Is there more to the usage of the requirement gathering process? Or in other words, are requirements used for more than just the details of the software and product work to be done? I would argue that in some organizations, the requirement process has turned into a way to help manage a team. Leadership uses the requirement process as a management, oversight, and budget tool.
Requirements become a way to measure the work and effectiveness of the team. Thus requirements are a tool for leadership to manage a team. Requirements started out as the definition of work to be done. But as the process has improved and evolved over time, it also has taken on other purpose.
It now is used to make leadership feel more like resources are being used appropriately, time and money is being spent correctly, and just an oversight tool in general. Which, I do not mean to say those are bad things. I would simply state that some degree of that is needed, and there are better ways to do this. We should keep oversight and the process to manage a team separate from the work of the team to build software products.
Requirements can be just another tool to manage teams
Back to this process of using requirements as a tool to manage the team. In typical, and more so traditional, software and product development, teams gather a lot of requirements to define the work. There is a great deal of process to define them, organize them, and plan work around them. Their is the assignment of resources based on the requirements.
There is also the time estimation and budgeting of the work, based on the resources. By using requirements to track if work is done according to time estimates. And also to track if work is done within the budget, you are essentially using process this process to manage a team.
However, besides points already made, I would say its also a flawed practice because requirements are not equally weighted according to time or cost. Some requirements take much longer to complete than others. Some requirements are much more expensive than others. Thus measuring completion success, while in progress, according to requirements is flawed. Unless you are purely looking to see forward progress.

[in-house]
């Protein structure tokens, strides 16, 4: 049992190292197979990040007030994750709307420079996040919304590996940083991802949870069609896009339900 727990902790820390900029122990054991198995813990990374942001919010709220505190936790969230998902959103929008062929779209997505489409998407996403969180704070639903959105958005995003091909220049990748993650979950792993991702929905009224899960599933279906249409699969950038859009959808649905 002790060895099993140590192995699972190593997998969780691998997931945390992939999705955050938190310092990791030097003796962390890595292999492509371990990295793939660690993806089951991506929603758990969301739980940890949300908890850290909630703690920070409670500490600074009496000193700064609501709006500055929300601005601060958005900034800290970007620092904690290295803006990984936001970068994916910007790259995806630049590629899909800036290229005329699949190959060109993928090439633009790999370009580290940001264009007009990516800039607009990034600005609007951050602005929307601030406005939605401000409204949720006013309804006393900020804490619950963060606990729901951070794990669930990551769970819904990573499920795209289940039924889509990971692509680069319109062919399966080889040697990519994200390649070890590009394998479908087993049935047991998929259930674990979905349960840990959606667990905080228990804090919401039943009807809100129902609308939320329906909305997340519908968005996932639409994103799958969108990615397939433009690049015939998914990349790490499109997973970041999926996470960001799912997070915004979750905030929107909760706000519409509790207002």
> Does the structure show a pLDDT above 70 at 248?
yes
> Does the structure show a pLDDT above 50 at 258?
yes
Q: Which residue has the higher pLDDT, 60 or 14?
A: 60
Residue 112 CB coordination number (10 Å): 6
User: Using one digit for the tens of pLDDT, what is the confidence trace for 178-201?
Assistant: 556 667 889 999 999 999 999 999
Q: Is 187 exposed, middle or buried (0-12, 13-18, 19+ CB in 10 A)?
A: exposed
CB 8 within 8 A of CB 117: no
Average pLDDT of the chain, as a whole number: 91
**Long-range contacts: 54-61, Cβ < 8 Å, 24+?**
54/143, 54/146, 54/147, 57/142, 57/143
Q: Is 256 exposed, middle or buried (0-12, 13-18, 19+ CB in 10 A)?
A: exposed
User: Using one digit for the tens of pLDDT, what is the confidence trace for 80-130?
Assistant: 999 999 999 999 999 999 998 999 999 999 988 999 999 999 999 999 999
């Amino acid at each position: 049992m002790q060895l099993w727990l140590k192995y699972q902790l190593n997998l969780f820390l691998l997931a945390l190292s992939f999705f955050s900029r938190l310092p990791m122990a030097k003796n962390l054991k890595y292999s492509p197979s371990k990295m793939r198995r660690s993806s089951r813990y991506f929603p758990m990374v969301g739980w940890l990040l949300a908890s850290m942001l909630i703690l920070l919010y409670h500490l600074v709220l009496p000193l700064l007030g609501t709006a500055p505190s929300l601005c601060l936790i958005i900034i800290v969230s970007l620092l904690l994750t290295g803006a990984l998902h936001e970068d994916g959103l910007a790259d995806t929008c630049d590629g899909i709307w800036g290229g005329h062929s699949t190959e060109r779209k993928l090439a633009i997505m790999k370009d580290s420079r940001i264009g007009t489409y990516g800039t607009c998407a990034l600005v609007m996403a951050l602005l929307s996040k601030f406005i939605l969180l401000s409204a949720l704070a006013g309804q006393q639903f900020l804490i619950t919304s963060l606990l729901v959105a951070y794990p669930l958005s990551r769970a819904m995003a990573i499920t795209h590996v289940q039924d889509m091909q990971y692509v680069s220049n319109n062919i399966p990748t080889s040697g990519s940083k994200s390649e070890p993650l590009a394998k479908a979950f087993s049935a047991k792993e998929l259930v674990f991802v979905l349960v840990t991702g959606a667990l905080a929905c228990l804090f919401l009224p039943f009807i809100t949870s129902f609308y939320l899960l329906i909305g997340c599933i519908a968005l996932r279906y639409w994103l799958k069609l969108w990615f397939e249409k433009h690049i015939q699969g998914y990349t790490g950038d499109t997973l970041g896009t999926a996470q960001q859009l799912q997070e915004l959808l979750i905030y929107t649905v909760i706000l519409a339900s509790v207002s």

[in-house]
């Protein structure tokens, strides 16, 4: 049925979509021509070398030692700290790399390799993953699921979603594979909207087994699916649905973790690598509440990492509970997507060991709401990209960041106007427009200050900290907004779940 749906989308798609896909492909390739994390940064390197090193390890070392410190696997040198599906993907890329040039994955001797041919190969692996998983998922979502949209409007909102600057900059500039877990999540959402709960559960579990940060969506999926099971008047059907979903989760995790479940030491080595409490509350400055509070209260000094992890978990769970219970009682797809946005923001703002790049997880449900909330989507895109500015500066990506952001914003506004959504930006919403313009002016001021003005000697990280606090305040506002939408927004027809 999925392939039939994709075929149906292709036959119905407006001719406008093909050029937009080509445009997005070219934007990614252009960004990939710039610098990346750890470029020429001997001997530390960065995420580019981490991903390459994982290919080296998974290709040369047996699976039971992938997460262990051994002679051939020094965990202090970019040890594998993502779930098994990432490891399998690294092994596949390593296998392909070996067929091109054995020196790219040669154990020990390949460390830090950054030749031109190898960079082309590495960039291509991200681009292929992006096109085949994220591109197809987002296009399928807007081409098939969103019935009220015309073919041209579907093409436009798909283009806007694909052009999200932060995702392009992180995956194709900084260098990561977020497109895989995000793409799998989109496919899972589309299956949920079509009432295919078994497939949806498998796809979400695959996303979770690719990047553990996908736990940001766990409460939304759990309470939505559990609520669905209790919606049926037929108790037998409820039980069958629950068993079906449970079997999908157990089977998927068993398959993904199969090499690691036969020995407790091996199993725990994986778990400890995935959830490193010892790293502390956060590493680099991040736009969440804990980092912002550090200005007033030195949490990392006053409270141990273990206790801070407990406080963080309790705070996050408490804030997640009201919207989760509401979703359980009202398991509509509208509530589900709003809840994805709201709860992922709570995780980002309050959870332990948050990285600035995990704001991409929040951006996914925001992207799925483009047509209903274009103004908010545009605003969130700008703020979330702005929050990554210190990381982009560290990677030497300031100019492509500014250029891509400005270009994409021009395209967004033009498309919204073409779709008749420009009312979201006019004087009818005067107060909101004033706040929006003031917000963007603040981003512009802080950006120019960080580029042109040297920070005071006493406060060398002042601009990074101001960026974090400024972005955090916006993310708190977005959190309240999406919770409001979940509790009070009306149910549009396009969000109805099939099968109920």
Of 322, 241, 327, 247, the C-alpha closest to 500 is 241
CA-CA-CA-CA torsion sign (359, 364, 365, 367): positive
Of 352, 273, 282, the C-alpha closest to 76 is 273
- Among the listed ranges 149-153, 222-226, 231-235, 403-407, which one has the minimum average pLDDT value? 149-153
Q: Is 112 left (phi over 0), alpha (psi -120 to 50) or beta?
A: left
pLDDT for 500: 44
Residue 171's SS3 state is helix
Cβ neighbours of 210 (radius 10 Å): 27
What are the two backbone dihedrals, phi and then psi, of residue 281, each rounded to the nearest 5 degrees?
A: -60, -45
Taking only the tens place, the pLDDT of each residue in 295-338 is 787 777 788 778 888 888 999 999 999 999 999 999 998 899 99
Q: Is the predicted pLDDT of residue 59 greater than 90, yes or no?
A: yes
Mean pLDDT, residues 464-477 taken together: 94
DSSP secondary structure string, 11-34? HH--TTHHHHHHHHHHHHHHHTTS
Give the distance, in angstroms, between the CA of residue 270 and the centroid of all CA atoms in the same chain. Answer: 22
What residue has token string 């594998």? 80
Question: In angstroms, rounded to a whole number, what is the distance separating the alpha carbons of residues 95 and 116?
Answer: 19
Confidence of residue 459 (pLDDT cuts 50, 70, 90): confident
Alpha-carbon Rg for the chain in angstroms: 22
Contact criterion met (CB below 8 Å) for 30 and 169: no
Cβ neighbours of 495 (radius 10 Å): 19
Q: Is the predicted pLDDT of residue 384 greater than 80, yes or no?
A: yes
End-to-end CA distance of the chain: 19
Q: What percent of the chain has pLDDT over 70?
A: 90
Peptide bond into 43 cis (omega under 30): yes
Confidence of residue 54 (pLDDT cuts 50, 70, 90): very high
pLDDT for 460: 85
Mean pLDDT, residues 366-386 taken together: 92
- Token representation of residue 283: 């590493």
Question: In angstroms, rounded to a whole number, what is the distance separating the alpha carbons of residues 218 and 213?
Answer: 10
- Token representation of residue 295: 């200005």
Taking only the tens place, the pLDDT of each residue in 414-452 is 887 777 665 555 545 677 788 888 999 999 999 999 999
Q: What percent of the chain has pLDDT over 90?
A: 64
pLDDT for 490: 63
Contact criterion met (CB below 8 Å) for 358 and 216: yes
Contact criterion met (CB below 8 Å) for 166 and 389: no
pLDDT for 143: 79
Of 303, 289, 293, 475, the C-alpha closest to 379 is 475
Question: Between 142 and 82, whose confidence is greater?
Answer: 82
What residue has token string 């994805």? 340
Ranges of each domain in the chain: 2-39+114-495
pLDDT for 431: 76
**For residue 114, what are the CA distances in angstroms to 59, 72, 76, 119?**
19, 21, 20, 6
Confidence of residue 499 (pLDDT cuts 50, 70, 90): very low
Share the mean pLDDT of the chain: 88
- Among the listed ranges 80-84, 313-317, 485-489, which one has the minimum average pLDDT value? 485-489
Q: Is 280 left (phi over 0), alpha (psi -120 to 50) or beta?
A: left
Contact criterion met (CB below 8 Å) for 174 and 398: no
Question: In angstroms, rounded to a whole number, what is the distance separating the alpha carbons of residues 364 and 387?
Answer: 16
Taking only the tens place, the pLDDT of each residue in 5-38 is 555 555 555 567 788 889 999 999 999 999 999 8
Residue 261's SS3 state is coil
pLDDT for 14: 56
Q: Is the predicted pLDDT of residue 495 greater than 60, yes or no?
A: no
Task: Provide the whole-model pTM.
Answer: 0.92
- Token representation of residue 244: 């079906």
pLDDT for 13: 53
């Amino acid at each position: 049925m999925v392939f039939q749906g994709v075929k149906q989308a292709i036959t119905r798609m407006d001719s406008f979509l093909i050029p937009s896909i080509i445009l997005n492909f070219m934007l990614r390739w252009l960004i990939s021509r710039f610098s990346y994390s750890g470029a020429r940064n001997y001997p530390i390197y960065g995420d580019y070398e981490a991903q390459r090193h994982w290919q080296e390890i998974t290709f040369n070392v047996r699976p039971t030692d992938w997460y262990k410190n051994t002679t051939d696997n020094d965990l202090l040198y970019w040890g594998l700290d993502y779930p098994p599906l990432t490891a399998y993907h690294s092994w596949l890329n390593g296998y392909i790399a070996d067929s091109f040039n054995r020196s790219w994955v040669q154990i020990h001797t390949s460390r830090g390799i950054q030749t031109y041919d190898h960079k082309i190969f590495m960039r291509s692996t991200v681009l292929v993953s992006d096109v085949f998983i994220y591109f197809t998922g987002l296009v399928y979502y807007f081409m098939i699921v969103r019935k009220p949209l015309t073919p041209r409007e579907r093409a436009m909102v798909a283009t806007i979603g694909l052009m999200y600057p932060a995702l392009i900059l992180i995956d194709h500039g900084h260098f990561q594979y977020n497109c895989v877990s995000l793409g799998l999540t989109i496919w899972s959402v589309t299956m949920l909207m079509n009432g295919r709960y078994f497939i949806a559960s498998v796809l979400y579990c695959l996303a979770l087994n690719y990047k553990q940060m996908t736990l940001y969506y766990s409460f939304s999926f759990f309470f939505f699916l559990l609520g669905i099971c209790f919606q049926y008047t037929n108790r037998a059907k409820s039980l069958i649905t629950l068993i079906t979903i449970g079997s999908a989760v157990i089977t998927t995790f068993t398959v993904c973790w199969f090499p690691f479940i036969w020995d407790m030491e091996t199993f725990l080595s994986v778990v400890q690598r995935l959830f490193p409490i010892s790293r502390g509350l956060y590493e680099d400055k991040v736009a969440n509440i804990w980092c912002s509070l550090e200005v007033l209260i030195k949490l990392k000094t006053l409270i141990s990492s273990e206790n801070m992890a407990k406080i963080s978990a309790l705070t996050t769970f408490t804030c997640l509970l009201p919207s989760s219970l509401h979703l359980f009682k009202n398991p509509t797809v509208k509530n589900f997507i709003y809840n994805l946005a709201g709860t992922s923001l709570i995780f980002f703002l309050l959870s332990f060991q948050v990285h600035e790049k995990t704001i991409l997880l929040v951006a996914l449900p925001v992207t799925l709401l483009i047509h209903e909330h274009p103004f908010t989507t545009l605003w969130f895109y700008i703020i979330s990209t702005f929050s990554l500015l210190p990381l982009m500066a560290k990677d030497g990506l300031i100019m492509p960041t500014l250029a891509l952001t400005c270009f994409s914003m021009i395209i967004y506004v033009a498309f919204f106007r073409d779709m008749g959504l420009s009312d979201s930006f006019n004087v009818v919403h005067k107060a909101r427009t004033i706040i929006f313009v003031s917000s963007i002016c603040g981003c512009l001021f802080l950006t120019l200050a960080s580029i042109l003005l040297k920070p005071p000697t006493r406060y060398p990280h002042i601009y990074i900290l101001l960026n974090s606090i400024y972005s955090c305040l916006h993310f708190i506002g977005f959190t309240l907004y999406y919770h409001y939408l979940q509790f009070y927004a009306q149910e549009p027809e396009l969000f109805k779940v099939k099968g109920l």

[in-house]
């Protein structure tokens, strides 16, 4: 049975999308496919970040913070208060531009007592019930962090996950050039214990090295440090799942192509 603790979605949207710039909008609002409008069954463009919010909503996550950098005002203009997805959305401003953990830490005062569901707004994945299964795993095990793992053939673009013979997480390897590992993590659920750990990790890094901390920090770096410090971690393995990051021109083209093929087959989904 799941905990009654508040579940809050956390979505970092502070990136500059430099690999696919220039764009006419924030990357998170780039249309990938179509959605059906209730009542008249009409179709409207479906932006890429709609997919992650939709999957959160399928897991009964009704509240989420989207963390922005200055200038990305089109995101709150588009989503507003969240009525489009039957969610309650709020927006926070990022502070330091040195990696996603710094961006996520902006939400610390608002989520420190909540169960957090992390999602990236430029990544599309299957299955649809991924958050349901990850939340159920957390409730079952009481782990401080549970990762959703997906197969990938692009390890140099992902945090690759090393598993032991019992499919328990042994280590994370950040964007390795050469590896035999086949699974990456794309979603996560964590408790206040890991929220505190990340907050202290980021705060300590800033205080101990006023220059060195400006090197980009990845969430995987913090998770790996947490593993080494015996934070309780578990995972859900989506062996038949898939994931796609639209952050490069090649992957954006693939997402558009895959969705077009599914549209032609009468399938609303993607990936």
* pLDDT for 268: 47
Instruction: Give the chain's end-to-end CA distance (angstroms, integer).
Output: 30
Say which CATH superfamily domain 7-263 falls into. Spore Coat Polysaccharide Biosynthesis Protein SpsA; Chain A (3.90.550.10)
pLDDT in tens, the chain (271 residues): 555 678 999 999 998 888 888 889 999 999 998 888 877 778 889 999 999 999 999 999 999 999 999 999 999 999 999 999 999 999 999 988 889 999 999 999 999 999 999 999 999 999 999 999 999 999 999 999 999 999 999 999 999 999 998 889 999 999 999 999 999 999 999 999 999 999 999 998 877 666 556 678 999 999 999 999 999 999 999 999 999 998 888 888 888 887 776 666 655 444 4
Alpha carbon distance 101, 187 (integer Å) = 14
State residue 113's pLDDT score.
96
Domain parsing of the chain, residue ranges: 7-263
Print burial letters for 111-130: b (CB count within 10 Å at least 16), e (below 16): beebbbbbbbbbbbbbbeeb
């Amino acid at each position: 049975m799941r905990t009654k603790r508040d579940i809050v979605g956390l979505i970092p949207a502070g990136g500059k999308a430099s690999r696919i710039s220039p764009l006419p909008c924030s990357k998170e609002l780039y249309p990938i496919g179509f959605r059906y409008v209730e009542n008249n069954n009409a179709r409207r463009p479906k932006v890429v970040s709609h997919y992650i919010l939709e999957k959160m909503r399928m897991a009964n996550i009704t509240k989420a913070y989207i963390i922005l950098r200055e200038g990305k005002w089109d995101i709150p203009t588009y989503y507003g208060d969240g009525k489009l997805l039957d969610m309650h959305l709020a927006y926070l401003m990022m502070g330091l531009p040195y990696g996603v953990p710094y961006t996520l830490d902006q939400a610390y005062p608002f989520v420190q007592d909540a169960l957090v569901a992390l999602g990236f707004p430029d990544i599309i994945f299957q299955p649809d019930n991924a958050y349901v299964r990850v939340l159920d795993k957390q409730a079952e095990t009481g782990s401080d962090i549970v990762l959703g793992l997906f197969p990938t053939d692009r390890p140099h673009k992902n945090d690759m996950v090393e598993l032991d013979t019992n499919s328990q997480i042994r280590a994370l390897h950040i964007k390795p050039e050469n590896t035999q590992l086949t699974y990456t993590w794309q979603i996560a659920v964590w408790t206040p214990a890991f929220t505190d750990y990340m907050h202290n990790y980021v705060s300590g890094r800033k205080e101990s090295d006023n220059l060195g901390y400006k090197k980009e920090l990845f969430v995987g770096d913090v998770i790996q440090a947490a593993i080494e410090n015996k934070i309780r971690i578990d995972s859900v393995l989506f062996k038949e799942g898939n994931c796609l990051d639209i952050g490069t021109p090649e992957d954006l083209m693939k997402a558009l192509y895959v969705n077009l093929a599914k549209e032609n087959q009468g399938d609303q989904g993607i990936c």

Management doesn’t see that though. They look at the work in numbers. They see dollars to do the work. That is weighed against current revenue and potential revenue of the new work. When things are lopsided, they get nervous.
What do do about it
So what is my recommendation then? How can these different processes live together peacefully? Sprint velocity and team capacity can be used to measure team effectiveness. Looking at how much output a team can consistently deliver and measuring that sprint after sprint is a great method to assess the effectiveness of the team.
That also then frees requirements to be requirements only. The definition of work to be done and what is to be delivered. When free of some of the red tape that slows the team down, they can be more collaborative, and creative, and truly deliver really great software products to the organization. Which will bring value for the organization.
Additional reading that helps to manage a team
Another great read is on lean practices. Being more lean can help focus more on the important things, and thus also not spend effort on duplicated processes like using requirements to manage a team. A great read on lean here.